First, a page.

Can you imagine a district attorney's office deciding not to prosecute domestic violence cases for the sole reason that the city is allegedly cash-poor? Well, that is the case in Topeka, Kansas, a city that has decided to stop prosecuting domestic violence casses in order to lessen the financial burden of the cash-strapped city.
The City Council announced the proposal Oct. 4, after the Shawnee County District Attorney's office announced it could no longer prosecute misdemeanors, including domestic violence cases. The city's maneuver may even require repealing the part of the city code that bans domestic battery. Mayor Bill Bunten told the Topeka Capital-Journal city officials take domestic violence seriously, and it would be "dead wrong" to assume offenders won't be prosecuted. But the dispute is over who would pay for it, he said.
Shawnee County has already dropped 30 domestic violence cases since it stopped prosecuting the crime on Sept. 8. Some 16 people have been arrested for misdemeanor domestic battery charges and then released after charges were not filed.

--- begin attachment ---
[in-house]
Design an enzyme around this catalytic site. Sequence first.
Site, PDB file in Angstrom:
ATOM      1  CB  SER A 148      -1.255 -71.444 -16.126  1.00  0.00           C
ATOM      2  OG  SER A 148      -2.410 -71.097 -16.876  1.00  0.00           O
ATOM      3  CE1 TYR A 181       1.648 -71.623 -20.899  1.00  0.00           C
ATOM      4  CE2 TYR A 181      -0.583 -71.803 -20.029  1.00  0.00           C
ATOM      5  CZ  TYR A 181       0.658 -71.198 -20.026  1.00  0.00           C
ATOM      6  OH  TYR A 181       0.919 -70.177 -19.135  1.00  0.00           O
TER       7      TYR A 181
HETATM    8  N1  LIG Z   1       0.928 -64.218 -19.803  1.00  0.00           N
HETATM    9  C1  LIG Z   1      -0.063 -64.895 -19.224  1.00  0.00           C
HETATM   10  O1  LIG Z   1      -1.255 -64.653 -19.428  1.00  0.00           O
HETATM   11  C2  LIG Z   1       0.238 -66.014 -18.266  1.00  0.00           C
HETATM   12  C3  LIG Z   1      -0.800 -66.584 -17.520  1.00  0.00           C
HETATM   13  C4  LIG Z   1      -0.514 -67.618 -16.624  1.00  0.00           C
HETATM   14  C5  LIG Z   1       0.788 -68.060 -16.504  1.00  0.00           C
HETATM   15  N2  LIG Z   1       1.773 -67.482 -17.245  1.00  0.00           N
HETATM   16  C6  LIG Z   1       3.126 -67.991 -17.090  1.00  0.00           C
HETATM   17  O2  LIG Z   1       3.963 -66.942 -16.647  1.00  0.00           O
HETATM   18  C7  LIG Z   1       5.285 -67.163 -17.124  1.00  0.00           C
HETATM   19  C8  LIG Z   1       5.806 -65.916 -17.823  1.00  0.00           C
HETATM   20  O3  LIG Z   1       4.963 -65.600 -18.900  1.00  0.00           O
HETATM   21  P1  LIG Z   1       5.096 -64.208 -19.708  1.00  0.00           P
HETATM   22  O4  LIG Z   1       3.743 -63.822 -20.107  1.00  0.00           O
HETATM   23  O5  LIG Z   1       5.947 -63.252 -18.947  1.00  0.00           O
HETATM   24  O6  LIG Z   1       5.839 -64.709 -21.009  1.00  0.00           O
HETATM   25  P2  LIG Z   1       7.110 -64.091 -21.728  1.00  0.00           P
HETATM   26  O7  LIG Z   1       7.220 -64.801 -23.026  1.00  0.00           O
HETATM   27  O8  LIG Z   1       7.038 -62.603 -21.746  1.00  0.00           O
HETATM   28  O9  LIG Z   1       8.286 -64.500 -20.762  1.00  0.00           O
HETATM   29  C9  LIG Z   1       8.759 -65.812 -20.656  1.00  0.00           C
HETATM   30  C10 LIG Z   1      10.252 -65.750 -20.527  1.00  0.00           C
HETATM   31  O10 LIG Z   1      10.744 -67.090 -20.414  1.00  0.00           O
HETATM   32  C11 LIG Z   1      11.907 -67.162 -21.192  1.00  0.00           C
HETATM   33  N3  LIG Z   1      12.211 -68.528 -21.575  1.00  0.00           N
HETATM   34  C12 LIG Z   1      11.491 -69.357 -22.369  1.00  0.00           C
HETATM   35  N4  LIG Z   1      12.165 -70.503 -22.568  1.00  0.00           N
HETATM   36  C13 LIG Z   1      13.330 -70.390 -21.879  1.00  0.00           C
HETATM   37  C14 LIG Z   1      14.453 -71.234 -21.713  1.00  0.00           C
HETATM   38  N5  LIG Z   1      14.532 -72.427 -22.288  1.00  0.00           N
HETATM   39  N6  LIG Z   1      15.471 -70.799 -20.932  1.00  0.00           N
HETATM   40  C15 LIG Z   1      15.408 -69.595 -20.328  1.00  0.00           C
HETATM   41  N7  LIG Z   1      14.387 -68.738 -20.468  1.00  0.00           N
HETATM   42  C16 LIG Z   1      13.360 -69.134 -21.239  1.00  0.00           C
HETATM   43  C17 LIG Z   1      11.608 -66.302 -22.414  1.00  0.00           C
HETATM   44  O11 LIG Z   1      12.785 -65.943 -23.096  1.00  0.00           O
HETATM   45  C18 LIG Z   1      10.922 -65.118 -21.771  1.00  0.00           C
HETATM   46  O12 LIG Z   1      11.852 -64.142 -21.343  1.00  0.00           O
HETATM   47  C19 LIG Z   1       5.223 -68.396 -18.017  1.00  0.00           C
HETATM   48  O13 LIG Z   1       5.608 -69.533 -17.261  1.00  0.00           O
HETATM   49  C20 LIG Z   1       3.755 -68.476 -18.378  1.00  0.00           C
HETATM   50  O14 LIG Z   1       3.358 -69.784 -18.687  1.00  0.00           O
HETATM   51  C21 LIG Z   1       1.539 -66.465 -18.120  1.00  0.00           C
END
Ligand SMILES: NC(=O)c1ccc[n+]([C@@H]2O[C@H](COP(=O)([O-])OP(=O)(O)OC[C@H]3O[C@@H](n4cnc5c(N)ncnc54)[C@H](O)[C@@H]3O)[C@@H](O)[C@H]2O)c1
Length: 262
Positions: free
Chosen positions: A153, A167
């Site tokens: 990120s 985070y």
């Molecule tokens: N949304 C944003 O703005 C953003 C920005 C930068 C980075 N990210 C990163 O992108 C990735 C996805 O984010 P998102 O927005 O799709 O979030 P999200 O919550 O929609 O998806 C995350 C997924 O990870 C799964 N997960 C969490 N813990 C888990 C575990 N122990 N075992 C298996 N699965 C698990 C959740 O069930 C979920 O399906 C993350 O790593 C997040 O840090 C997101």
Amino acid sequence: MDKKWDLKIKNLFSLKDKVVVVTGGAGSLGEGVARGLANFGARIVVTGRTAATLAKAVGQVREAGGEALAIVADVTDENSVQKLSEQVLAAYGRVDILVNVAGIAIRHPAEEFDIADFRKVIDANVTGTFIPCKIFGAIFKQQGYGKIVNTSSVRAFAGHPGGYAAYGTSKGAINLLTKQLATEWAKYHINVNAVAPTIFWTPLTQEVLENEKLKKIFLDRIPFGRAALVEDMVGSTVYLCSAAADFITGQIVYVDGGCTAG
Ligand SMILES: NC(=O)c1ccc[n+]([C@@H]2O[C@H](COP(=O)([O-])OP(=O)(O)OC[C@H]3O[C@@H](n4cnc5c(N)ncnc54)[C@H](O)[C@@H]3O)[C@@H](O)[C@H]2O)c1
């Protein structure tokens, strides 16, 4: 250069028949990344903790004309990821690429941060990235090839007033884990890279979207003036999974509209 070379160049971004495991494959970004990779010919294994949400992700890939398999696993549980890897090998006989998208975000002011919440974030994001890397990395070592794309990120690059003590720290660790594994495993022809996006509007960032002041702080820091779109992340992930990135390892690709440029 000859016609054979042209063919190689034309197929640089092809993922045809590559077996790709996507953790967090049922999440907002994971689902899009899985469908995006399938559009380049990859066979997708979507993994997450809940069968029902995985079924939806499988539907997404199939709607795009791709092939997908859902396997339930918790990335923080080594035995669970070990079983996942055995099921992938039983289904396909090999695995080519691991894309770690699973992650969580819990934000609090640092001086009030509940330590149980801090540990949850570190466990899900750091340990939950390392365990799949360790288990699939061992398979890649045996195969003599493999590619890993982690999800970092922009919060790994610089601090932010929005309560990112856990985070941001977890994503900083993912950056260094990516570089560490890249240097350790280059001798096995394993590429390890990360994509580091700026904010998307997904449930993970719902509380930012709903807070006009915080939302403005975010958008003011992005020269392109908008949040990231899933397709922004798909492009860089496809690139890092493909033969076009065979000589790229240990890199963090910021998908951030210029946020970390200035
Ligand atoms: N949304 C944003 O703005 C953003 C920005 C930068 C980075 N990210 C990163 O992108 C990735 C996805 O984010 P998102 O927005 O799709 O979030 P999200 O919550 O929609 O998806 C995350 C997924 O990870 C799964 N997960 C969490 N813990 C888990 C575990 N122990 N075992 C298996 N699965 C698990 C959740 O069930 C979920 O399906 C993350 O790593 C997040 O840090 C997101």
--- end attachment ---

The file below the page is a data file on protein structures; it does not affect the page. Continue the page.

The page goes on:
County District Attorney Chad Taylor has reportedly offered to review all misdemeanor cases filed in Topeka for potential prosecution, including those now handled by the city's municipal court, in exchange for a one-time payment of $350,000 from the city.
"When an abusive partner is arrested, the victim's danger level increases," Becky Dickinson, interim director of the YWCA Center for Safety and Empowerment, reportedly told the Capital-Journal. "The abuser will often become more violent in an attempt to regain control. Letting abusive partners out of jail with no consequences puts victims in incredibly dangerous positions."